• Today’s Hot Topic: Would You Sequence Your Baby’s Genome?

    With DNA science becoming more advanced and accessible, parents may have to decide how much genetic info they really want.

    By Whitney C. Harris

    Would you sequence your baby’s genome? It sounds like a question from some futuristic sci-fi thriller, but it’s slowly becoming a reality for present day parents according to this recent NPR feature by Rob Stein.

    Whole genome sequencing–the process of uncovering the entire DNA makeup of a living creature as early as in utero–just might become the next major decision that expectant parents need to make on the journey through pregnancy, as the procedure is becoming more common and less costly. Beyond the ethical quandaries that come with knowing just about all of an unborn baby’s characteristics such as eye color or chances for being diabetic (does the idea of picking and choosing babies make anyone else cringe?), the implications for managing disease are huge. But not every parent will want to take advantage of this potential wealth of information…and information overload.

    Stein’s report considers a Virginia woman who gave birth to a premature baby who developed breathing problems. The mother opted for genetic testing but asked doctors to only focus on the problem at hand–and not on all the other potential genetic abnormalities that could lead to other diagnoses down the road.

    I have to applaud the mom. At a time when parents seem already overwhelmed and overwrought with information and choices to make, knowing every possible sickness your child could develop based on his or her genetic material would mean further anxiety and confusion for families. I’m all about preventative medicine and would like to prevent human suffering as much as possible, but detailing the inner-workings of our DNA can also be detrimental to leading a normal life full of ups and downs, unknowns and surprises, real emotions and real-life risk. I prefer the idea of future generations experiencing the kind of childhood we enjoyed: discovering our strengths and weakness for ourselves and living in the present.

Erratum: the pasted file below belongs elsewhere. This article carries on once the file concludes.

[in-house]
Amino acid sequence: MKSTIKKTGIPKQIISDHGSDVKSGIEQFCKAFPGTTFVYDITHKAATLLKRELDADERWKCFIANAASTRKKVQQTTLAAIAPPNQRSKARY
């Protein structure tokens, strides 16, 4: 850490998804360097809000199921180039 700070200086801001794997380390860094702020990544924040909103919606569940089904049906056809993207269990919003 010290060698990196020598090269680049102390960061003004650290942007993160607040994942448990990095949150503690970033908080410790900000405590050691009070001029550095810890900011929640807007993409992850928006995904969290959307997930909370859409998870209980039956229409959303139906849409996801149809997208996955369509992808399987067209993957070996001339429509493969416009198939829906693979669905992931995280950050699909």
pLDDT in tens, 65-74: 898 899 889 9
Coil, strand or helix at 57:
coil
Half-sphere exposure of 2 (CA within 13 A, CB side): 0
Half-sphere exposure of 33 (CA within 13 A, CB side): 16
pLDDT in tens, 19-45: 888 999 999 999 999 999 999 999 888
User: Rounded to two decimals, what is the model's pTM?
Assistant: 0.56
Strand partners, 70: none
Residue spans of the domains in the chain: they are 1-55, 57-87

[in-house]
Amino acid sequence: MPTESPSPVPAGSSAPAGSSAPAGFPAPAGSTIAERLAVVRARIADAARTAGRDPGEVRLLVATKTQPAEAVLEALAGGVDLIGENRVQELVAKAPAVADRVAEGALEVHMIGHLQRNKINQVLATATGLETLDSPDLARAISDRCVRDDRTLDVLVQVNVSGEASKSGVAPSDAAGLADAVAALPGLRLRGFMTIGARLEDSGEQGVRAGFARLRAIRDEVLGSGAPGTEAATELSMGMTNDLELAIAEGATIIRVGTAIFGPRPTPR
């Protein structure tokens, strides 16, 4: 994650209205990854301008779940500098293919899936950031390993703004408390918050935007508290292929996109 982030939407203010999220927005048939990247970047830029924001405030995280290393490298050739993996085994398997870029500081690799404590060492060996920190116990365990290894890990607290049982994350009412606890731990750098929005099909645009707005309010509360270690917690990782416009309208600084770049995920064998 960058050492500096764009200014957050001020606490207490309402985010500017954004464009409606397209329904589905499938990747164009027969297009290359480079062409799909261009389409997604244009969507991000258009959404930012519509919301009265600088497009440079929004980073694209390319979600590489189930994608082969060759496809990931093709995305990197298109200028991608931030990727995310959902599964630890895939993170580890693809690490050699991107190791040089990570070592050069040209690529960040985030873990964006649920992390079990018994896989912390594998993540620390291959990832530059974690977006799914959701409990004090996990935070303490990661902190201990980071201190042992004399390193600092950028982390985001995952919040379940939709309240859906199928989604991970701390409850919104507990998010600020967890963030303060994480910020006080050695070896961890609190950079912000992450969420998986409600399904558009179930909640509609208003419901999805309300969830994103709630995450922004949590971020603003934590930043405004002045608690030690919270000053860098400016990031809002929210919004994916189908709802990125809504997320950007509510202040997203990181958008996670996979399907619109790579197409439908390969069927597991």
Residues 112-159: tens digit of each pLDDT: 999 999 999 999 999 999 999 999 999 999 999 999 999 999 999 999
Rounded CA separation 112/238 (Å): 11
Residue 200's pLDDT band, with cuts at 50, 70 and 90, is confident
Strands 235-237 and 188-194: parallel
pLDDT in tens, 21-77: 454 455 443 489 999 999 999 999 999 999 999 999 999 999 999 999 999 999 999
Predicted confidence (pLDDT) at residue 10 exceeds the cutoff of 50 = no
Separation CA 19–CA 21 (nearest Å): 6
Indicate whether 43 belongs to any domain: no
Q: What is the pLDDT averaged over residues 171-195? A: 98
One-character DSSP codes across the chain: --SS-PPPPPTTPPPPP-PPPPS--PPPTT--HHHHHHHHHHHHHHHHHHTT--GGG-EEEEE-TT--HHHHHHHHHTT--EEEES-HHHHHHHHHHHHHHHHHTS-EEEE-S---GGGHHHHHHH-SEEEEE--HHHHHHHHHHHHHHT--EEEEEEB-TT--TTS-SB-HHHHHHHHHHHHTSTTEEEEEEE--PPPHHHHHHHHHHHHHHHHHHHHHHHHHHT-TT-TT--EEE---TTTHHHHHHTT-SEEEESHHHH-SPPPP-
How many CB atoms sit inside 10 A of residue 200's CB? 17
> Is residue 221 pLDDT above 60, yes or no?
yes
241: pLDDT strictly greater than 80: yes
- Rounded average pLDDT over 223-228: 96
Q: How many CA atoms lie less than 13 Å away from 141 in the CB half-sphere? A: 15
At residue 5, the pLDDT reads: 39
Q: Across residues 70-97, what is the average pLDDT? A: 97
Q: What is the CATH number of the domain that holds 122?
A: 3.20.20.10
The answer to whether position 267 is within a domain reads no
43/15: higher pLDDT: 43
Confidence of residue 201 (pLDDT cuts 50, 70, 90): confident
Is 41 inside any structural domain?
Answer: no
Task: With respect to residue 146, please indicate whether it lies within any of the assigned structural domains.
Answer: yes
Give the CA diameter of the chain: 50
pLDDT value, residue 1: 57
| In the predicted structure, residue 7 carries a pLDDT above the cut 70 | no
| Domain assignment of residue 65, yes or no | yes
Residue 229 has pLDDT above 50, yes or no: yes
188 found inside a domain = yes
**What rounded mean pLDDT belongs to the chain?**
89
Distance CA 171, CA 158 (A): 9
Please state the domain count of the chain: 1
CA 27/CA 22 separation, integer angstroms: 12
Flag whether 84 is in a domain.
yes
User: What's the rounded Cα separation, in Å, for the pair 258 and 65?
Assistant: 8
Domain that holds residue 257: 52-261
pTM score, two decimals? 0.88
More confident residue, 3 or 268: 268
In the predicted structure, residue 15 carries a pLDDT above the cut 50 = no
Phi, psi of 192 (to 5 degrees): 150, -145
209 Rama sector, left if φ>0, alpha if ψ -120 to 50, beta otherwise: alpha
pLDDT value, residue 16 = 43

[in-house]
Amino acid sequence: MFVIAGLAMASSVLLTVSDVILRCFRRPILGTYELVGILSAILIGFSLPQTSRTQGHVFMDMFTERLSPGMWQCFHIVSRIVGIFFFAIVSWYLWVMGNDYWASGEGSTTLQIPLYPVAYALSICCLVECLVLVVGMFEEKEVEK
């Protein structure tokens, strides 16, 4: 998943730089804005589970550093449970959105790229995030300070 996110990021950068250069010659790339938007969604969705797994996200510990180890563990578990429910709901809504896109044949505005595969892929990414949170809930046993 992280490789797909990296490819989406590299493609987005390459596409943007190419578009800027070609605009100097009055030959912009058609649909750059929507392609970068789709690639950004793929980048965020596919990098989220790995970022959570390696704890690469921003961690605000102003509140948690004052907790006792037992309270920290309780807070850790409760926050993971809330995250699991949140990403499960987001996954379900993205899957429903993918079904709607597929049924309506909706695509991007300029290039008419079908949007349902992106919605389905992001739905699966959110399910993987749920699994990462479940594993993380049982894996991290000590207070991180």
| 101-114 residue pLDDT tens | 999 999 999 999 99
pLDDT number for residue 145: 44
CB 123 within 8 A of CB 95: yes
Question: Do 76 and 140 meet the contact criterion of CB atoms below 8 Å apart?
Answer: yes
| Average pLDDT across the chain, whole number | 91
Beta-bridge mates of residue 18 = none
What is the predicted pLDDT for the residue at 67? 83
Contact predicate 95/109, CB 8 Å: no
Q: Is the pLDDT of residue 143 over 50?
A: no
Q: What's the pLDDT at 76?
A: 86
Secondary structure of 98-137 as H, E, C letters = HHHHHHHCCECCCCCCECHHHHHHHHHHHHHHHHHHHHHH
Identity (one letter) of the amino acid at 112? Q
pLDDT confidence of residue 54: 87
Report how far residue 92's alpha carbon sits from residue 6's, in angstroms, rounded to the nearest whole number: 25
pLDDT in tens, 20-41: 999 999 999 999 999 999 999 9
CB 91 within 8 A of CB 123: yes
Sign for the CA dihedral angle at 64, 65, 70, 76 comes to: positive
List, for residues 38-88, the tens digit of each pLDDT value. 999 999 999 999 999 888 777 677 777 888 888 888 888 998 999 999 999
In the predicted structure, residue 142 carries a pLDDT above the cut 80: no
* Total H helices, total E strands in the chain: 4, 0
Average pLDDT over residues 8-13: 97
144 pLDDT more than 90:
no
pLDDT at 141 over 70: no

Maybe I’m nostalgic, but until the science is fully tested and its medical benefits outweigh its emotional and mental health drawbacks, I’d opt out of sequencing my baby’s genome. I often imagine what kind of childhood I want for my baby–one filled with testing boundaries and self-discovery, not calculating risk and making highly measured choices.

    Would you want to know what information hides in your unborn child’s genome? Why or why not? Comment below and let us know.

    Whitney C. Harris is Deputy Editor of New York Family. She can be reached at wharris@manhattanmedia.com

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